Which Strategic School of Thought is Right for Your Health Club?

There are three new strategic schools of thought when it comes to health club strategic planning. Find out which is right for you.

In the fitness industry, staying ahead of the competition just isn’t as easy as it used to be.

On top of a booming market and increased competition, the way businesses approach strategy has changed drastically in recent years.

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“The reason that these things have evolved is that, up until the last decade, industries tended to conduct strategy in a confine of thinking that had to do with the past being a reasonable predictor of the future,” says Bryan O’Rourke, CEO of Integerus, LLC. “There was a lot more certainty when it came to a plan and strategy because people would take their knowledge from what happened before and say that’s a reasonable guess. But you just can’t do that anymore.”

During his IHRSA webinar, “Staying Ahead of the Competition: Competing Successfully in the Fitness Industry,” O’Rourke went in-depth on three new strategic schools of thought:

1. High Risk/High Return

“In this scenario, you do something completely new and different,” O’Rourke says. “Find new, completely uncontested markets and transform everything around that, which has high degrees of risk and high degrees of return if you get it right.”

Peloton, for example, followed this strategy when they began selling bikes for home use that allow customers to live-stream cycling classes.

“It’s very disruptive and completely new,” O’Rourke says.

“When you build on what you do well, you incrementally build outside your core to defend against disruptors.”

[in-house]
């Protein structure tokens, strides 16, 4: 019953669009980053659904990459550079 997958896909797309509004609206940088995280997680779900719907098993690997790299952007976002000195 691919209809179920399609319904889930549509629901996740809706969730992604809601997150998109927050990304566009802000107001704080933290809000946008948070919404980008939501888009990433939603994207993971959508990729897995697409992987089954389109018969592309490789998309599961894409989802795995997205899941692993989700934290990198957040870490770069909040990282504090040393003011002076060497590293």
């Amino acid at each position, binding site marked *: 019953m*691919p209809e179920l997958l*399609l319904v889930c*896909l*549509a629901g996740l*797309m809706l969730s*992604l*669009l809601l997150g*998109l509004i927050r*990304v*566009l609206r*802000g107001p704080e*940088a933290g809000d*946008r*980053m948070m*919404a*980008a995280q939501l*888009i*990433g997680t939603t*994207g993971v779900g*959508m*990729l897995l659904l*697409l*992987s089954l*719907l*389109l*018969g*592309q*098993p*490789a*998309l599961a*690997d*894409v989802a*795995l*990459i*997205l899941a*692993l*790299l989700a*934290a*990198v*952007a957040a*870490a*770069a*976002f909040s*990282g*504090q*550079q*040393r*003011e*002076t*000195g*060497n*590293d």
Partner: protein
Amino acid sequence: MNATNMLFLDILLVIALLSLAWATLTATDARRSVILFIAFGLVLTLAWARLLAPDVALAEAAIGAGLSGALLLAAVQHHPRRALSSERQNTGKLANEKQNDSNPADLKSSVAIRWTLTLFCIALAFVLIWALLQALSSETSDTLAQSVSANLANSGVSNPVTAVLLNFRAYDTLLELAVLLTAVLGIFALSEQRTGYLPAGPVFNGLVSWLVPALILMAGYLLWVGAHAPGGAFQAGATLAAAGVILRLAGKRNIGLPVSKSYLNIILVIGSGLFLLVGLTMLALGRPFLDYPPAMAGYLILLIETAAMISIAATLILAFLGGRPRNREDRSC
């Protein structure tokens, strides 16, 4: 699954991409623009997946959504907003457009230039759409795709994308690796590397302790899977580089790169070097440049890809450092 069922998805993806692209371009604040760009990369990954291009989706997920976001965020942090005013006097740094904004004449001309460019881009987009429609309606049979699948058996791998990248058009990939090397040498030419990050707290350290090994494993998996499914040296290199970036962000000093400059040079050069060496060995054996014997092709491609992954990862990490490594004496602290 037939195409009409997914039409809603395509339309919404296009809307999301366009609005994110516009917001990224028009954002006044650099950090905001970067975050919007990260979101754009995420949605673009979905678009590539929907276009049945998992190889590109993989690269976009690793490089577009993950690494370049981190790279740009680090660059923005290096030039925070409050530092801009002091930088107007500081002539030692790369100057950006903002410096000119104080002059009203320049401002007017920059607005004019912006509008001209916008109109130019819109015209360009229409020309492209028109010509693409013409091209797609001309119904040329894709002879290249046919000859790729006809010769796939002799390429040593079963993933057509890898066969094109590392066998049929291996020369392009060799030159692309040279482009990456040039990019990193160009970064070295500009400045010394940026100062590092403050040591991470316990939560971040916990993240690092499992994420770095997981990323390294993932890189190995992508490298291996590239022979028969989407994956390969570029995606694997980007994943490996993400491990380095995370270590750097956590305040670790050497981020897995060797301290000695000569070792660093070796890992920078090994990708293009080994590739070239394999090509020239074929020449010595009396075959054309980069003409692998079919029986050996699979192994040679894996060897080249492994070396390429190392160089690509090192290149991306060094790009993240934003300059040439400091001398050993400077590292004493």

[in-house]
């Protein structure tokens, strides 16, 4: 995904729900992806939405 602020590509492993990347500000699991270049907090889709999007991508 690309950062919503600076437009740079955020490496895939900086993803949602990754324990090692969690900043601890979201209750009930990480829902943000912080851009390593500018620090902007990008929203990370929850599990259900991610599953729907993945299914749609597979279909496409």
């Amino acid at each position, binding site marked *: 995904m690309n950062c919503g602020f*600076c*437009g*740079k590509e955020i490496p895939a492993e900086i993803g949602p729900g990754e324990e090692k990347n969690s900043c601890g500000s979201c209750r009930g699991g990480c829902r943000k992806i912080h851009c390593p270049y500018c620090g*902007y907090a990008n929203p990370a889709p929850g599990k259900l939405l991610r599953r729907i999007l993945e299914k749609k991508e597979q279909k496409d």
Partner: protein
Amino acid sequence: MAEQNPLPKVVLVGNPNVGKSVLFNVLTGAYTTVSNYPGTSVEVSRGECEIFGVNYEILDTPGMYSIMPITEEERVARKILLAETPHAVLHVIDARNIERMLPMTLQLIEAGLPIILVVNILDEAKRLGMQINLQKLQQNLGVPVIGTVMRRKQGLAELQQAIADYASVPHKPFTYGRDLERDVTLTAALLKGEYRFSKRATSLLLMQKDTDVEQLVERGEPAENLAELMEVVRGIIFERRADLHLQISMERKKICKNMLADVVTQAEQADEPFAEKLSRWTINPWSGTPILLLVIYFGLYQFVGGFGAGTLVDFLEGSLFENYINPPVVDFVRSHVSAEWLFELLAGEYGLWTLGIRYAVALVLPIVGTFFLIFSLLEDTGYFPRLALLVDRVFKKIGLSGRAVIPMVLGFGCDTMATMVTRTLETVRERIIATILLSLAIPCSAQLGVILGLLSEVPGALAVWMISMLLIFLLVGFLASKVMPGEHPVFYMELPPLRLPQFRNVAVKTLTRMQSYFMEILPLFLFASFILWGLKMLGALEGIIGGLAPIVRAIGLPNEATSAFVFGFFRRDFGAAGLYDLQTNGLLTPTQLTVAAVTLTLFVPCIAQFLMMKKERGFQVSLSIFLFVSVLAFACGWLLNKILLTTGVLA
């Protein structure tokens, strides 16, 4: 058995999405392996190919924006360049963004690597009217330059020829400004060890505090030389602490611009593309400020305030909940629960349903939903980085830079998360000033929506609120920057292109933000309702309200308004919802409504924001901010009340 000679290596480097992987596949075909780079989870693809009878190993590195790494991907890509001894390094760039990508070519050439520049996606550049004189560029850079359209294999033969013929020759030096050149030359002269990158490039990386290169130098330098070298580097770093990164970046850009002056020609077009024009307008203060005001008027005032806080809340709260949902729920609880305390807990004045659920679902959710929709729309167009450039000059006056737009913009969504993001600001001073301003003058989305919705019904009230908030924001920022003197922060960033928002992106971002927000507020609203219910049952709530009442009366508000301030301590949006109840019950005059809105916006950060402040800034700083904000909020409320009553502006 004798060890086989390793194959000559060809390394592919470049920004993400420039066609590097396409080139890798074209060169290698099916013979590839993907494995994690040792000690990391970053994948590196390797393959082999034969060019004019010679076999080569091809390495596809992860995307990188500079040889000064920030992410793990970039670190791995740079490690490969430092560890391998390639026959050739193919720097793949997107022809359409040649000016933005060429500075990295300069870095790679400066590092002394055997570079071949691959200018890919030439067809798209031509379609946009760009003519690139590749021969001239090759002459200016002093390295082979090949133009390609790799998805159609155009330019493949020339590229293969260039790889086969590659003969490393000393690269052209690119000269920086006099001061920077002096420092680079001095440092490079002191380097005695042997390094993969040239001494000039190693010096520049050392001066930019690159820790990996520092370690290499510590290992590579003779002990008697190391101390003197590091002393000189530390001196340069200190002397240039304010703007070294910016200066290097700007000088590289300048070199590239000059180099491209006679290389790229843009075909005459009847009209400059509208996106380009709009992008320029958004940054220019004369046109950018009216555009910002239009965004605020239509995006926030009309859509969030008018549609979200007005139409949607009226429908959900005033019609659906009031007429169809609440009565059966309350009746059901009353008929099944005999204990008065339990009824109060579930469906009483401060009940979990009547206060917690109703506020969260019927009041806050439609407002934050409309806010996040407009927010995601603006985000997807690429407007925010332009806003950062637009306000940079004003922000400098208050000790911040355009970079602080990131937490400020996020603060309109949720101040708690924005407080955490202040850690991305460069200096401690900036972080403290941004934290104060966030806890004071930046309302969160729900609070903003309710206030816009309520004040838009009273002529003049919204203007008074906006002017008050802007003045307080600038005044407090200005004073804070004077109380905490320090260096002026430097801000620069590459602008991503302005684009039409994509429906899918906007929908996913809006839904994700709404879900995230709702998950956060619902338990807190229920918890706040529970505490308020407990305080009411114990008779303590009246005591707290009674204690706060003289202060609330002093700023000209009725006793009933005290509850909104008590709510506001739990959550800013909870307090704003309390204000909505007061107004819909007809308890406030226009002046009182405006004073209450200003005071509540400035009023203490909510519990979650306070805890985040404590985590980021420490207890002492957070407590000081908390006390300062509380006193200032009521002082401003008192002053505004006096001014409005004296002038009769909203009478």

Bryan O’Rourke, CEO

Integerus, LLC

2. Build on What You Do Well

“When you build on what you do well, you incrementally build outside your core to defend against disruptors,” he says.

Examples of companies in the fitness industry that follow this strategy are clubs that are creating boutiques within their club, thus staying true to their core while also guarding against free-standing boutiques that could infringe on their market share.

3. Don’t Assume Anything

Companies that follow this strategy don’t make assumptions—they evaluate several opportunities, test ideas, and iterate until they find what works, O’Rourke says.

“There are now fully eight clear, distinct business model delivery systems, and within those eight there are subsets, so the number of offerings and business models out there for fitness have proliferated in the last decade,” he says. “Consumers are presented with many more choices, so to really do strategy well, fitness companies have to really be objective and evaluate what are they really capable of doing.”

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Marianne Aiello

Marianne Aiello previously served as IHRSA's Senior Digital Content Manager—a position focused on crafting and monitoring IHRSA’s digital strategy and covering IHRSA events.